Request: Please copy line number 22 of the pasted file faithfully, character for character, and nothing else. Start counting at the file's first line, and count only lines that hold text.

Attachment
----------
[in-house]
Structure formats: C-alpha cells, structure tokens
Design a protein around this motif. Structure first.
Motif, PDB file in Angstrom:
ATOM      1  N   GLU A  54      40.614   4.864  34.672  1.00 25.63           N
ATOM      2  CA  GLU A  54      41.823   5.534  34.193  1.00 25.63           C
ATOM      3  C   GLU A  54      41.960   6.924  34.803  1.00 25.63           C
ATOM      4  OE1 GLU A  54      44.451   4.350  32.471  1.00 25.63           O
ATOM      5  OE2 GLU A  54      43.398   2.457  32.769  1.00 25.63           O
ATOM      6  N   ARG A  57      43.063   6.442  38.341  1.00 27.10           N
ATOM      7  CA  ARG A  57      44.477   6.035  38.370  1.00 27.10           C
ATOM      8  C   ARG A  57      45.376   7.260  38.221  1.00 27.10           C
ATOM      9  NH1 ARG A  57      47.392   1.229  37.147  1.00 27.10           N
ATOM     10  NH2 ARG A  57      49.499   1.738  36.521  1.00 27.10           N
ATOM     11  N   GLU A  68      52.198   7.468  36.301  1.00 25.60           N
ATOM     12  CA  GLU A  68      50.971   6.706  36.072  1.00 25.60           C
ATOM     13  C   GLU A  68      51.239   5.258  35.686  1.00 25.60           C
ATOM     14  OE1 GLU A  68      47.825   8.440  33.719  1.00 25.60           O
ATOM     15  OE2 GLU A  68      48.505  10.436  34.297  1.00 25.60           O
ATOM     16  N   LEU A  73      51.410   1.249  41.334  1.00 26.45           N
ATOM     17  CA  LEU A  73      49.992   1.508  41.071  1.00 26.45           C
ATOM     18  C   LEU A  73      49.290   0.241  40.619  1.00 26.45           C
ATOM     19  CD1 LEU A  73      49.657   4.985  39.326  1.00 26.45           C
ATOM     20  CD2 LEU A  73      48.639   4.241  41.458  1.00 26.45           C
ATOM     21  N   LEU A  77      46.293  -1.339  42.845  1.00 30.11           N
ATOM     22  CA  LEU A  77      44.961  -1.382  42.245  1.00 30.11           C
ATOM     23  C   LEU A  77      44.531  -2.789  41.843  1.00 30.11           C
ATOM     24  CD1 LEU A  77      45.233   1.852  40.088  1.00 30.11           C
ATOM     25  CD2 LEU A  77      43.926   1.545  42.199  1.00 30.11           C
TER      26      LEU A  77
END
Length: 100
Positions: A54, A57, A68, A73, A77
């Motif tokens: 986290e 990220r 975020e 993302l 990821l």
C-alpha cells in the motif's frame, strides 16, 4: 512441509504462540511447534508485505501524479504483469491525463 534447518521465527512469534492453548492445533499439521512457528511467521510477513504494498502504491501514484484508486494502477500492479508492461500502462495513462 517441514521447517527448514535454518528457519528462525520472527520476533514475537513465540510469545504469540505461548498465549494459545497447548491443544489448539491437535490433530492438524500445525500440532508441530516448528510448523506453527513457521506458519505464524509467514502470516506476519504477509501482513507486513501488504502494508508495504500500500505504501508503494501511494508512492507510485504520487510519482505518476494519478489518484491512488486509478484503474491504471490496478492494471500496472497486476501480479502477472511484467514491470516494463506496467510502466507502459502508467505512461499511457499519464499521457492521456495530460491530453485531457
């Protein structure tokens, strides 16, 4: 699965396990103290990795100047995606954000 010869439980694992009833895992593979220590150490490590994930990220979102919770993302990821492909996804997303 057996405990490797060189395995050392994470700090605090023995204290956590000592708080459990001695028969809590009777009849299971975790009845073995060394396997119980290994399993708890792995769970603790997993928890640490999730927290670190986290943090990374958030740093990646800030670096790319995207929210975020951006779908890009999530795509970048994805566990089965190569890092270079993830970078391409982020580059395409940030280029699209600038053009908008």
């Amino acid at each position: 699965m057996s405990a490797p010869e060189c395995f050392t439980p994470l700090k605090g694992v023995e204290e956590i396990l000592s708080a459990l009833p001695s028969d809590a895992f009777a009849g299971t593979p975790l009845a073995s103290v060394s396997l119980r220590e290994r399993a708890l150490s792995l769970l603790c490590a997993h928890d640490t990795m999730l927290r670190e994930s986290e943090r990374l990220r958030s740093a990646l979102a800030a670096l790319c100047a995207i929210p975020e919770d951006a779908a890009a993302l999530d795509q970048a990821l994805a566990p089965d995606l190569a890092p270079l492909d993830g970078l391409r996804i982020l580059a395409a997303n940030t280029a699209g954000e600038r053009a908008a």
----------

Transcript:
ATOM     18  C   LEU A  73      49.290   0.241  40.619  1.00 26.45           C